Boys (and Girls) Today

Boys Today cover Dec 1941 150

Mrs. Stephen Collins was Kreigh’s mother Nora. 

Before his comics career took off with the Newspaper Enterprise Association (NEA), Kreigh Collins spent about eight years freelancing for the Methodist Publishing House of Nashville, Tennessee. Collins got his start with the MPH writing and illustrating stories for the Sunday School publications Boys Today and Girls Today. As described in an earlier post, he was eventually asked to illustrate stories from the Bible in comic strip form, and this project became known as “Bible Picture Stories.”

Source material for these weekly Bible comics came from both the Old and New Testaments. The first few years featured extended sequences on Paul, Joseph, Mary, and John the Baptist. Two more sequences followed (Jesus in Galilee; Jesus Leaves Galilee), and then came one on Jesus in Jerusalem, which ran from December, 1946 until June, 1947.

The following comics are from the History & Special Collections Department of the Grand Rapids Public Library. Today, these comics are quite rare—even the library’s collection (given to the library by Collins’ widow, Therese) is incomplete. The sequence that follows starts with the third episode of “Jesus in Jerusalem.”

My understanding of the Bible is not very deep—maybe things would have turned out differently if these sweet comics were part of my Sunday School lessons! However, I do recall a certain villain named Judas…

BPS JJ 03 BT 150 QCC

BPS JJ 04 GT 150 QCC

Besides the fine illustrations, aspects of the comics that appeal to me are the speech balloons, with Collins’ distinctive lettering, and the colloquial language, must have been relatable for the young reader. The small introductory illustrations at the tops of the comics are nice touch, too.  The fifth comic in the series opens with a large splash panel, as Jesus dramatically confronts the scribes and Pharisees.

BPS JJ 05 GT 150 QCC

The story told in these comics may be familiar, but check back next week to see how it was told in these mid-1940s comics.

For more information on the career of Kreigh Collins, visit his page on Facebook.


Where’s Mitzi?

“Mitzi McCoy” was Kreigh Collins’ first syndicated (Newspaper Enterprise Association) comic strip, and in its November 7, 1948 debut, Mitzi bolted from her wedding after realizing her fiancé was a gold-digging jerk.

The comics that followed showed the transformation of Collins’ skills from that of a renowned illustrator to those of a successful cartoonist. Each panel of these early comics are jammed full of detail, and the original artwork is astonishing to behold. About half of the “Mitzi McCoy” originals are in the Local History collection of the Grand Rapids Public Library.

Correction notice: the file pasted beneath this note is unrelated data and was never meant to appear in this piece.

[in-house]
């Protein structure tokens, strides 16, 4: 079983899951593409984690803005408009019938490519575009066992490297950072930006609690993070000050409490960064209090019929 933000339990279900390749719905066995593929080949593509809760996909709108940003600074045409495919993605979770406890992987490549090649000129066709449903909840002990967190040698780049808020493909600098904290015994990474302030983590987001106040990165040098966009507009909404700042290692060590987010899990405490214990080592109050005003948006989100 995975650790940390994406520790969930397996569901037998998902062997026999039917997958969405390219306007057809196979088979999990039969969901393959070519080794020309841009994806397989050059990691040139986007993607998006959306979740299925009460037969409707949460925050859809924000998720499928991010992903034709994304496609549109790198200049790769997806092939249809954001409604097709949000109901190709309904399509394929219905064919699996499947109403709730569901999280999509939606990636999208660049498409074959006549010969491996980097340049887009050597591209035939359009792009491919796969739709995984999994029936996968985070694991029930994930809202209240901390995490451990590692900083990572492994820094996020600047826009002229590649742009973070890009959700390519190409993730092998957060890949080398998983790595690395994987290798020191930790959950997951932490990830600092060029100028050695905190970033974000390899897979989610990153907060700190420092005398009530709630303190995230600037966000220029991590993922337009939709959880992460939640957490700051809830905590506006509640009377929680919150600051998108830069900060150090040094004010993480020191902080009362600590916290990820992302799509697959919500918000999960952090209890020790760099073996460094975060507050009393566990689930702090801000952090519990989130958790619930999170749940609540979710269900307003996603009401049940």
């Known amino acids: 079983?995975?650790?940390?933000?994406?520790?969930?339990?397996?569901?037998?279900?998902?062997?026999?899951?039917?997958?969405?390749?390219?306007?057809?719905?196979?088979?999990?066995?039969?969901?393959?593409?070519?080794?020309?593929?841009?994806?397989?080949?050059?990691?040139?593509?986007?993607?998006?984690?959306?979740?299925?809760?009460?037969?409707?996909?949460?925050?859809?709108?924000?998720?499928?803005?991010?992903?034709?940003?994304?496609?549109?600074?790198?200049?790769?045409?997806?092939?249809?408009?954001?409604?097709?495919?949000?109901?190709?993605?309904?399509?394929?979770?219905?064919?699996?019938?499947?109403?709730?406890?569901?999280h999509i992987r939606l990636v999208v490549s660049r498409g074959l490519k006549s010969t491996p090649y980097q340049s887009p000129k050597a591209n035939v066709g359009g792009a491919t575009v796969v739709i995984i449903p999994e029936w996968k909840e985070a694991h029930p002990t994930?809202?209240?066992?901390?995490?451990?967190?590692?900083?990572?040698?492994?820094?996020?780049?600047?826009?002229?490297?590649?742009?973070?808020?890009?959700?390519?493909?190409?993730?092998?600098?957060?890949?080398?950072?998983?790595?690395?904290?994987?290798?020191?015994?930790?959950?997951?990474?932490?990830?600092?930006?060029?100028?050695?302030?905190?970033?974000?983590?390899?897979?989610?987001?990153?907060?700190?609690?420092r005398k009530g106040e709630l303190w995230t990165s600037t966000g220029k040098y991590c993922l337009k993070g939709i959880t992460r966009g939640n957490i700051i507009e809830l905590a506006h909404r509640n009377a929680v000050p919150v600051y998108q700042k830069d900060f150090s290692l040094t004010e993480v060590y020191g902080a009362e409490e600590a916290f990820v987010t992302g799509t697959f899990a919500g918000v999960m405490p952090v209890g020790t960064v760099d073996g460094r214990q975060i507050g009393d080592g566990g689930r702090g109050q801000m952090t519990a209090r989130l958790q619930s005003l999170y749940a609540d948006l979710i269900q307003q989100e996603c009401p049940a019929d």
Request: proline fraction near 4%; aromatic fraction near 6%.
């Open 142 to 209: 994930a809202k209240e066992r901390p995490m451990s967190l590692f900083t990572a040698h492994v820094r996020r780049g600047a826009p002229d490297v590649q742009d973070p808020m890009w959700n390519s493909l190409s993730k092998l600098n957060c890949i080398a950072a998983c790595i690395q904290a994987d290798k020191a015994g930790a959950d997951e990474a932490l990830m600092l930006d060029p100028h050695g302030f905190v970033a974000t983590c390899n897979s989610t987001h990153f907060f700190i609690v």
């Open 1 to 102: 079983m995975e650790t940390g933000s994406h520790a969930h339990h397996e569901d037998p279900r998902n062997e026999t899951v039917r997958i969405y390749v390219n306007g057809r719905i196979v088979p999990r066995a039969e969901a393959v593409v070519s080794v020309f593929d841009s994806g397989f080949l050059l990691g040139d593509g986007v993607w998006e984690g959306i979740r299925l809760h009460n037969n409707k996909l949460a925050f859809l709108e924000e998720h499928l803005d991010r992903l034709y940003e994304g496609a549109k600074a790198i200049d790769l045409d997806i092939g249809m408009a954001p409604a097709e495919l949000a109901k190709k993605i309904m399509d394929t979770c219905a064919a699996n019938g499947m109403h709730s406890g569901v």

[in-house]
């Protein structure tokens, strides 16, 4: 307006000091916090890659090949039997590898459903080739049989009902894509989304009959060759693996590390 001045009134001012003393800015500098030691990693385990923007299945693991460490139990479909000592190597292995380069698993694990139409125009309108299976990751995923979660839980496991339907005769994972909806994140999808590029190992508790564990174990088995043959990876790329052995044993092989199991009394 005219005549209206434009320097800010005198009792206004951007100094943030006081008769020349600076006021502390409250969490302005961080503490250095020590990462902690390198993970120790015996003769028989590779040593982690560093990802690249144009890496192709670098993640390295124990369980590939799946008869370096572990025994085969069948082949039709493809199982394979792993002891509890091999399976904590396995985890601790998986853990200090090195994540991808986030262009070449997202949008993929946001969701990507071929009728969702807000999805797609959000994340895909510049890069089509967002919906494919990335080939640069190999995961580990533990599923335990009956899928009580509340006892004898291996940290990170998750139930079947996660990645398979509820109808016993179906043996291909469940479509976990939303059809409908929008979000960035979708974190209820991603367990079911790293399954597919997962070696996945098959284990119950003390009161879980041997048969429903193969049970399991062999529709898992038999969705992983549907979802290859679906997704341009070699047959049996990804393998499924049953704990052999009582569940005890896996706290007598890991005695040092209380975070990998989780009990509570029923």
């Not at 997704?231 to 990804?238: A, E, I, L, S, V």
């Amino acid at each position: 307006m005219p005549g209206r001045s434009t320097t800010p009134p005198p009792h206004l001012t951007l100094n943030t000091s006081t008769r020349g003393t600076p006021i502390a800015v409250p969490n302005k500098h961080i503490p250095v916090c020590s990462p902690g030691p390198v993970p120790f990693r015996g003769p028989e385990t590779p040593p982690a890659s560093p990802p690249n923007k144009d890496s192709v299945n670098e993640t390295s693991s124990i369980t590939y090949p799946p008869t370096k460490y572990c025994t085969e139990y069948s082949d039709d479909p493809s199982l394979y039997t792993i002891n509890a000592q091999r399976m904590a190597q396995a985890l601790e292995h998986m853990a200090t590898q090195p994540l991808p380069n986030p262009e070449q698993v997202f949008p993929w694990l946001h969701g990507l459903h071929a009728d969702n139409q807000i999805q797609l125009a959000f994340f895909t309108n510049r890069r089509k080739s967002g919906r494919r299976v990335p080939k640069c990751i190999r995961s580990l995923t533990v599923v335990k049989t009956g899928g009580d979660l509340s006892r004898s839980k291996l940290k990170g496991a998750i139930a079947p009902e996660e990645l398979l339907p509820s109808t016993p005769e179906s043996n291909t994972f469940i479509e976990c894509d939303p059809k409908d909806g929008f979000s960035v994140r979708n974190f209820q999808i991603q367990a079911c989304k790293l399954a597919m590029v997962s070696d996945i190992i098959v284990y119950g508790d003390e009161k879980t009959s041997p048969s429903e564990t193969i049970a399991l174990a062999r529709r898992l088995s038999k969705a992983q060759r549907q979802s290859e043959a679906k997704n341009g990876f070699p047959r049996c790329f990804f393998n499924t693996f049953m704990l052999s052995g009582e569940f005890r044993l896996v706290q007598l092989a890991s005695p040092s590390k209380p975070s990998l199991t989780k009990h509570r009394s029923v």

MM 111448 150 OA

These early Mitzi originals also show evidence of revisions to the artwork and dialogue. In addition to illustrating and scripting the comic, Collins did the lettering. Kreigh had similar responsibilities for his mid-1940s “Bible Stories Comics” (put out by the Methodist Publishing House) but the NEA required a more structured approach, and had more specific procedures to be followed. There were some growing pains, but the artwork is absolutely amazing.

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While comics fans might have been wondering where Ms. McCoy had gone in 1948, “Where’s Mitzi?” could also be a question posed more recently. Late last year, an announcement was made on the upcoming publication of a book collecting the comic strip’s entire run.

MM Sales Sheet LA1 150

While production of the book has been delayed, rest assured that the book is still in the works. Once it is published, Mitzi’s whereabouts will be more easily tracked.

The Song of the Angels

These Bible Picture Stories appeared in childrens’ Sunday school publications, and it is interesting to me that this age-old story shows the shepherds complaining about an age-old problem (i.e., This town is so boring!). I’m sure the target audience could relate. However, things soon change…


“The Story of Mary” continues for several more weeks, but this seems like an appropriate time to end this sequence.

Merry Christmas!

The Story of Mary

Kreigh Collins had extensive experience with Biblical illustrations, and he used his expertise in the field on numerous occasions as a cartoonist. While the Christmas story never factored into an “Up Anchor!” sequence, it was featured in both of his other NEA-syndicated strips. However, it first appeared in his Bible Picture Stories for the Methodist Publishing House.

In advance of Christmas, here is a portion of “The Story of Mary,” from 1945.


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